Glutathione synthetase deficiency is a rare autosomal recessive disorder characterized by excessive accumulation of 5-oxoproline. Oxoprolinuria can be due to deficiency of either glutathione synthetase (GSS) or 5 oxoprolinase enzymes. The two forms can be distinguished from each other by the absence of hemolytic anemia in the latter. The GSS deficient form of oxoprolinuria can range from mild to severe, and is characterized by metabolic acidosis, hemolytic anemia, psychomotor and mental retardation, seizures, ataxia, and spasticity. The milder form of GS deficiency is limited to erythrocytes, resulting in chronic hemolytic anemia and neonatal jaundice; while the more severe form is what leads to 5-oxoprolinuria and metabolic acidosis. Recurrent bacterial infections are also common.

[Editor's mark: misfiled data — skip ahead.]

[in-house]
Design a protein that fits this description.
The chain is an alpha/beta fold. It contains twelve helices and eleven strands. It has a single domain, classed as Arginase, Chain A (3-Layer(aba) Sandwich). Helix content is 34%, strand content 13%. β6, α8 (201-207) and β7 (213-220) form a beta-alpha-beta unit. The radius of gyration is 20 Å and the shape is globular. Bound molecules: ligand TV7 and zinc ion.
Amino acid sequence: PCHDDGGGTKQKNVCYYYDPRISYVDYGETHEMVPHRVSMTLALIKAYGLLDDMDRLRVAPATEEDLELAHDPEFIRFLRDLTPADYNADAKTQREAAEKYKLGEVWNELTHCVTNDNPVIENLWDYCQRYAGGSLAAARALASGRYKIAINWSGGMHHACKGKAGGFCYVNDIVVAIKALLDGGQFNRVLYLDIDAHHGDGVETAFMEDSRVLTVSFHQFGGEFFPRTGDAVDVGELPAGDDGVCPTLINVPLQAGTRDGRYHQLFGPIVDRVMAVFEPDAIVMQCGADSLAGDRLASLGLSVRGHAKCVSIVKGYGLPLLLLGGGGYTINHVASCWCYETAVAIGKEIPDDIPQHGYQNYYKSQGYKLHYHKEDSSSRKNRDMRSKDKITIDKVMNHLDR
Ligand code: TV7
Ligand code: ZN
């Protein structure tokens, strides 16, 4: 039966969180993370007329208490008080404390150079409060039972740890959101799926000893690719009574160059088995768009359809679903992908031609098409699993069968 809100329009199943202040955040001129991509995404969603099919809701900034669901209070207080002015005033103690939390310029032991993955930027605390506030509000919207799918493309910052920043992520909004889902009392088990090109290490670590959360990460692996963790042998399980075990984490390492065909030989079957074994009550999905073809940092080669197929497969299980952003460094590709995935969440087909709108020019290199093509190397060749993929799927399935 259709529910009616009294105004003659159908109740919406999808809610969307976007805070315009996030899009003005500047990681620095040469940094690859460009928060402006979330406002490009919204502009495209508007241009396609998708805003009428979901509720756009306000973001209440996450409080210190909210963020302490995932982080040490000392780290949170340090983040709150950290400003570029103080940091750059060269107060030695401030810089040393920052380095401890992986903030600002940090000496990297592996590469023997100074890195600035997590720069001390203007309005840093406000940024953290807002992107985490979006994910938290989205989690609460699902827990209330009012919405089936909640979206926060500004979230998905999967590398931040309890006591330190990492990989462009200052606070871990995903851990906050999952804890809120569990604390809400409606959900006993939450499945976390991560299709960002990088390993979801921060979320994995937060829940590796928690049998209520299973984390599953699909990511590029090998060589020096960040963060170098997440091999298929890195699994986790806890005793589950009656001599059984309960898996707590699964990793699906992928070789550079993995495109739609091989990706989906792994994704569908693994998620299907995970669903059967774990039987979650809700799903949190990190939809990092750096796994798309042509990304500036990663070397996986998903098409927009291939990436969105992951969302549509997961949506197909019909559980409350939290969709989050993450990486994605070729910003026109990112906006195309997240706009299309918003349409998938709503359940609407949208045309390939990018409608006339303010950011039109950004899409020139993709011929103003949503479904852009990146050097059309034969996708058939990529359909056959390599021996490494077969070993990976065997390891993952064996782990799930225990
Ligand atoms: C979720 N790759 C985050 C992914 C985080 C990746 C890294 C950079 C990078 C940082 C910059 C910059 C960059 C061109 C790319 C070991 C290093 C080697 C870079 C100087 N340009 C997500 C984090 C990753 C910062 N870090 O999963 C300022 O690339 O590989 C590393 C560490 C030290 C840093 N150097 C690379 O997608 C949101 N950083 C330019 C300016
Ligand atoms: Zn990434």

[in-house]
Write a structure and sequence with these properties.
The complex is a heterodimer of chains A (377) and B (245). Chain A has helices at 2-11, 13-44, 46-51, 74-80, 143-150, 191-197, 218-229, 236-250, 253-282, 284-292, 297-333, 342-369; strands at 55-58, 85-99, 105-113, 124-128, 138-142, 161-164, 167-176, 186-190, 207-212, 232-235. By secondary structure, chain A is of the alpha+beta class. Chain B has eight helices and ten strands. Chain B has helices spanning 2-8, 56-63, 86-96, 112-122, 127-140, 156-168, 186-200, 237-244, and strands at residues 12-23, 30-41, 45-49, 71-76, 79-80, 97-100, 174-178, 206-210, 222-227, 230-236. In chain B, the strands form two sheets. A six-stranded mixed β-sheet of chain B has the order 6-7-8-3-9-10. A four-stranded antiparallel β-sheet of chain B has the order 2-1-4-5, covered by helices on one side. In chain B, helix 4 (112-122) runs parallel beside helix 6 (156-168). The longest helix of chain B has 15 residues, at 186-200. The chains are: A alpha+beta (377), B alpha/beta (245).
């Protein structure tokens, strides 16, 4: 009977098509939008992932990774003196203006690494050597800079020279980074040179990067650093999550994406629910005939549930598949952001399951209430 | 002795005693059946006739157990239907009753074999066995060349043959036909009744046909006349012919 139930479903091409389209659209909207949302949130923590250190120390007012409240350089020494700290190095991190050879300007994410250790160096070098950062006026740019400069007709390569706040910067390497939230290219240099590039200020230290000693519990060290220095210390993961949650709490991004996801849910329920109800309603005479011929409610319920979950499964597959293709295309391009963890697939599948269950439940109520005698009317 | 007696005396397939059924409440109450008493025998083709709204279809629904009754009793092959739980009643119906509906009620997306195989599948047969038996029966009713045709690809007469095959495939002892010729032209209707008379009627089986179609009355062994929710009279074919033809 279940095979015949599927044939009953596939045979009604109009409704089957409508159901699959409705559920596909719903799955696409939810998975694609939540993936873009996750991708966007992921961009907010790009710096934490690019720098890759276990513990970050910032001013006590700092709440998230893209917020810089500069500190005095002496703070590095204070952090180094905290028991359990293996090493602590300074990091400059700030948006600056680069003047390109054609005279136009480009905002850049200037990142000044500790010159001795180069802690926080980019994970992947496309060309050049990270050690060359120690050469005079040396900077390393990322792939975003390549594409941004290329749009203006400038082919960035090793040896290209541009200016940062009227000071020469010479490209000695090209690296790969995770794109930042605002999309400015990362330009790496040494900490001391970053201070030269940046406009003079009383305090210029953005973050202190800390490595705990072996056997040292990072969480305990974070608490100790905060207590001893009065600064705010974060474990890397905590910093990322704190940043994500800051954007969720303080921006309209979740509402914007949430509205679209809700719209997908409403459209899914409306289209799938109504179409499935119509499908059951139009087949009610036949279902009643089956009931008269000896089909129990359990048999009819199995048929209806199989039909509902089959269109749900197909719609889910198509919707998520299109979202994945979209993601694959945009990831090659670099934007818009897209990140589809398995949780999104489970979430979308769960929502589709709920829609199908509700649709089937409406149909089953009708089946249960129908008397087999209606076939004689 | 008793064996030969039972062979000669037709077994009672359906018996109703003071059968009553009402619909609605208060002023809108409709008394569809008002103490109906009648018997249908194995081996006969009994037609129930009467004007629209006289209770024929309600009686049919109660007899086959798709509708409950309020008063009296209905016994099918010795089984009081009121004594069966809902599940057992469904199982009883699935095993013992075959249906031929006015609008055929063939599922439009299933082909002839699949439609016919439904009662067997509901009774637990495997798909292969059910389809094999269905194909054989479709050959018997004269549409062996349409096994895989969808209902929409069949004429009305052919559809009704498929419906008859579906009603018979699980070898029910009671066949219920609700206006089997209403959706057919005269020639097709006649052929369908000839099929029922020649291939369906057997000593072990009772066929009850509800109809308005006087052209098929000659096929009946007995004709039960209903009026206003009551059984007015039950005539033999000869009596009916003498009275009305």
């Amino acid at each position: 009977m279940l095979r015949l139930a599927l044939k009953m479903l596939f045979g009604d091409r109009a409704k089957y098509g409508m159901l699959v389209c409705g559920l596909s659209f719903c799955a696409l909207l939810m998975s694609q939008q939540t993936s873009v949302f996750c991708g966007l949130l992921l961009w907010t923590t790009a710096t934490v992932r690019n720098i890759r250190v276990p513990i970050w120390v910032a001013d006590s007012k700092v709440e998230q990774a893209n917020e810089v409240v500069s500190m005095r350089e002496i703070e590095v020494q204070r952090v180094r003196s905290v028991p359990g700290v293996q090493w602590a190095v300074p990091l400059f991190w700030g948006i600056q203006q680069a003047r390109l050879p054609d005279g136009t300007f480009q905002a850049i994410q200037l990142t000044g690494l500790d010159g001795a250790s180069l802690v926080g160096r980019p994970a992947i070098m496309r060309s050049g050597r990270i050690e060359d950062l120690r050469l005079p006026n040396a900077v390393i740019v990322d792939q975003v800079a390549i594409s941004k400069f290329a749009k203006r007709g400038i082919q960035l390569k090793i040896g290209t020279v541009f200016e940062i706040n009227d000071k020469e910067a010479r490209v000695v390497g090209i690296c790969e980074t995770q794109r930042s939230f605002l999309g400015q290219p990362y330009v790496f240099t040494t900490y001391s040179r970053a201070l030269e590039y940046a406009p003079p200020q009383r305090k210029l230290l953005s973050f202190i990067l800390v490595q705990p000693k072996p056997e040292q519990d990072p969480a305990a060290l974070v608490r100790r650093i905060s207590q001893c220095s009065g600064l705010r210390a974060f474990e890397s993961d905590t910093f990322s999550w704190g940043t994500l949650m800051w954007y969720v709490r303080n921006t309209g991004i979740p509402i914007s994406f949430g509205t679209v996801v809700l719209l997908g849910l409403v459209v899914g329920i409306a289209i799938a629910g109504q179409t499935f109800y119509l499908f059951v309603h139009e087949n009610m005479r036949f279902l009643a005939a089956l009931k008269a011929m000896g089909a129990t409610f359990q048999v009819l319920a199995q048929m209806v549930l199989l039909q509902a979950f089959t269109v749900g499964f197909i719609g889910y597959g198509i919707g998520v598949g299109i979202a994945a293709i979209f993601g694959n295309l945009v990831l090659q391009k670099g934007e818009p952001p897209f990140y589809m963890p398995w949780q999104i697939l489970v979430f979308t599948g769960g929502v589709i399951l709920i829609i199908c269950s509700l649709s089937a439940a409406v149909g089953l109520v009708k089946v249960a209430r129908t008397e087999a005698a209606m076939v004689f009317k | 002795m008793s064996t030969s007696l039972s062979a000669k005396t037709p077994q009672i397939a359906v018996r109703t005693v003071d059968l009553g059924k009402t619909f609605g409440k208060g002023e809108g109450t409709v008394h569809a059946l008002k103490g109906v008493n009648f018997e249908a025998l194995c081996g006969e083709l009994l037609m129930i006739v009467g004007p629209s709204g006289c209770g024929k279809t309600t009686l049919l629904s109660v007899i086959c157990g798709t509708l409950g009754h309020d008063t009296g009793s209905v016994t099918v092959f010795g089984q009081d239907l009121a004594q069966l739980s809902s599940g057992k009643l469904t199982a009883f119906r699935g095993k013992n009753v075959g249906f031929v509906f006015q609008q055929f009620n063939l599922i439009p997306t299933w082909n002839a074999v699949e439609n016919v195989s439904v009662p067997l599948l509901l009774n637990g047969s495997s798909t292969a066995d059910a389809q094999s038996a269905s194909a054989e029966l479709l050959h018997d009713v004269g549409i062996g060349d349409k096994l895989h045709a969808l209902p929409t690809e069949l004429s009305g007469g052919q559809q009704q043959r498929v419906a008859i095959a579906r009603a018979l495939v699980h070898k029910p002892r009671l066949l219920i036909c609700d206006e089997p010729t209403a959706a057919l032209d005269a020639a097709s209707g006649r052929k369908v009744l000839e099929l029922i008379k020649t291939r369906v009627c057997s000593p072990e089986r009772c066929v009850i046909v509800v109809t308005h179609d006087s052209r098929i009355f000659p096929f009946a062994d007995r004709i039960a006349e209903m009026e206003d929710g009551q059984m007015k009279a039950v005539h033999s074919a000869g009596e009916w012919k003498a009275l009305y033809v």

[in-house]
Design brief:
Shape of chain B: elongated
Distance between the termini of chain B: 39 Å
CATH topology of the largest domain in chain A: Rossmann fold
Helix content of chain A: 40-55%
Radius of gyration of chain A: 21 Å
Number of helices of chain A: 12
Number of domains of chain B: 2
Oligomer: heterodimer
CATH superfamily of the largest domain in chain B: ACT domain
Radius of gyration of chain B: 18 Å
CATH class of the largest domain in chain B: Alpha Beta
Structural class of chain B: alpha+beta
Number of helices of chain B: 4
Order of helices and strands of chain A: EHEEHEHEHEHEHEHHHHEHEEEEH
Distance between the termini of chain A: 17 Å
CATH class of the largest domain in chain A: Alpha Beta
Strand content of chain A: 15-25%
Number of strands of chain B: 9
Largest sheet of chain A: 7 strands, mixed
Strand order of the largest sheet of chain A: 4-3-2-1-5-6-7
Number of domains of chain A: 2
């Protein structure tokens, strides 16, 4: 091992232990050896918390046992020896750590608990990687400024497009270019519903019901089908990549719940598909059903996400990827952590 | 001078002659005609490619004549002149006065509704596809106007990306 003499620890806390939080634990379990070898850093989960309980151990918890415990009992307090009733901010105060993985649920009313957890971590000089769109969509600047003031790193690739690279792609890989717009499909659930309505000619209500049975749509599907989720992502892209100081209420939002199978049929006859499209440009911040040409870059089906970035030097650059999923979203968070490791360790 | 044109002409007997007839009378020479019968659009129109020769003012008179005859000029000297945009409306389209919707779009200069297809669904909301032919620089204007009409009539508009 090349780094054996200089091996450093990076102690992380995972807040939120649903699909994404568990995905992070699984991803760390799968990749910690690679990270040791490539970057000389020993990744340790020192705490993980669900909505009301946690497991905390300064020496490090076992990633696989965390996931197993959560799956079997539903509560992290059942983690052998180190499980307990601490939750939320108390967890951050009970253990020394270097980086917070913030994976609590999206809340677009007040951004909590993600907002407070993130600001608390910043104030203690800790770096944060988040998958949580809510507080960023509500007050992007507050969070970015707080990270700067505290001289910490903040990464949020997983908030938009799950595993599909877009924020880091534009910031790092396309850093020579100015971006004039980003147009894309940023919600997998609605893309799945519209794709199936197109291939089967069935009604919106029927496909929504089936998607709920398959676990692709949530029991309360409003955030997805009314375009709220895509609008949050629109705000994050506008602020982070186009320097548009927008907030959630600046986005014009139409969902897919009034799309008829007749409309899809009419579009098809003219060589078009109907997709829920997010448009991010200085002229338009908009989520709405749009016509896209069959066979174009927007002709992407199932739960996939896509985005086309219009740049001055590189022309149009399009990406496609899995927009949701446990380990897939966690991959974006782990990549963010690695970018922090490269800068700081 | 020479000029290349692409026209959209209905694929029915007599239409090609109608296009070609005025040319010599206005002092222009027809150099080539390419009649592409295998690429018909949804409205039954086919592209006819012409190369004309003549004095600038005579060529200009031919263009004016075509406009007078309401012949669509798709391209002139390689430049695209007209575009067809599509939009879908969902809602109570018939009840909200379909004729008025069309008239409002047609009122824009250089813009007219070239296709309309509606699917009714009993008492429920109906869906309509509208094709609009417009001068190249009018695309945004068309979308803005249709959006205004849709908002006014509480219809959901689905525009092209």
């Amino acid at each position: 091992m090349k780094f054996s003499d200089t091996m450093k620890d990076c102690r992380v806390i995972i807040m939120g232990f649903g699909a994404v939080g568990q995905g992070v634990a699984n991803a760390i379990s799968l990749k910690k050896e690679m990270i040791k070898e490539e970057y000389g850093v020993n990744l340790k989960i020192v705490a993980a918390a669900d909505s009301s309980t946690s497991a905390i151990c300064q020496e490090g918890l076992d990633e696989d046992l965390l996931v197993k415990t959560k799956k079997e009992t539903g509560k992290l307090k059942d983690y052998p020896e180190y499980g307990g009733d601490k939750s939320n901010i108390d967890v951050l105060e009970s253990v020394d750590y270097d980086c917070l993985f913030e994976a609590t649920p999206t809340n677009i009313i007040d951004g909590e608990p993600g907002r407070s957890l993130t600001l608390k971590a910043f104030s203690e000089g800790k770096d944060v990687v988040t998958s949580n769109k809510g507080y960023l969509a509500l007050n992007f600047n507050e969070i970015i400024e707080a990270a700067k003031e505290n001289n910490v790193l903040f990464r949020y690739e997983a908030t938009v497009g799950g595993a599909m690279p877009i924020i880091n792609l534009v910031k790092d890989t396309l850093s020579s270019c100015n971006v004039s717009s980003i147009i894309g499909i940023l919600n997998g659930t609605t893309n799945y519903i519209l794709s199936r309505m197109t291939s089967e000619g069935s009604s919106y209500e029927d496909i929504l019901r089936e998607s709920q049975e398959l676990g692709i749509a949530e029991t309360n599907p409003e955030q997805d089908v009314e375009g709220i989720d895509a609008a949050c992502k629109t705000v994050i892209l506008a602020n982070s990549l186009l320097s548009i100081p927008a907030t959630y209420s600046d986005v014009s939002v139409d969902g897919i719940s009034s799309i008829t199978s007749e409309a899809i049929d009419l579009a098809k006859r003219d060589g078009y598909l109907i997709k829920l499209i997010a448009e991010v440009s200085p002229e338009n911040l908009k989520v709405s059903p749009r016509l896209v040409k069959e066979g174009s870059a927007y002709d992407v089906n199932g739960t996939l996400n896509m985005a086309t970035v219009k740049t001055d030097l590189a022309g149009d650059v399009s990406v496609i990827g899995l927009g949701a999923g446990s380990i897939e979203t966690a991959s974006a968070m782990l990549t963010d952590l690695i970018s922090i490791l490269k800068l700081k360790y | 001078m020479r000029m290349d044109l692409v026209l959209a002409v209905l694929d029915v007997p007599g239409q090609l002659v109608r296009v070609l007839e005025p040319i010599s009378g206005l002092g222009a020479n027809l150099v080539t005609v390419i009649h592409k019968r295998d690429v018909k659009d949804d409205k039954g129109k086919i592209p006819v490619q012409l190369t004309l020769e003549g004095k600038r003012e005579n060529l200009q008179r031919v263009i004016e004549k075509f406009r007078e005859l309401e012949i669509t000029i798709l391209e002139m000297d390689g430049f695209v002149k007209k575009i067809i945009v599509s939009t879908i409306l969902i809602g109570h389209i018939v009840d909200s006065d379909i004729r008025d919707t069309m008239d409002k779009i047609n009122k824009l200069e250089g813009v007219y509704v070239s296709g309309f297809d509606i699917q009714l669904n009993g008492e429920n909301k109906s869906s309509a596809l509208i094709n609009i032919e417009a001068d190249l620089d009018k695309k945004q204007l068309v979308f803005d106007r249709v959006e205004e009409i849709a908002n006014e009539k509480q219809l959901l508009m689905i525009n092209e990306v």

A diagnosis of pyroglutamic aciduria is made based on the low activity of glutathione synthetase enzyme in cultured skin fibroblasts, low glutathione levels in RBCs, high urinary 5 oxoprolinuria level, as well as mutations in the GS gene. GC-MS is a useful technique for measuring the levels of the urinary metabolites. Prenatal diagnosis is also possible by way of amniotic fluid or chorionic villus sampling. Treatment aims at avoiding hemolytic crises and increasing the defense against reactive oxygen species. The prognosis differs significantly between patients.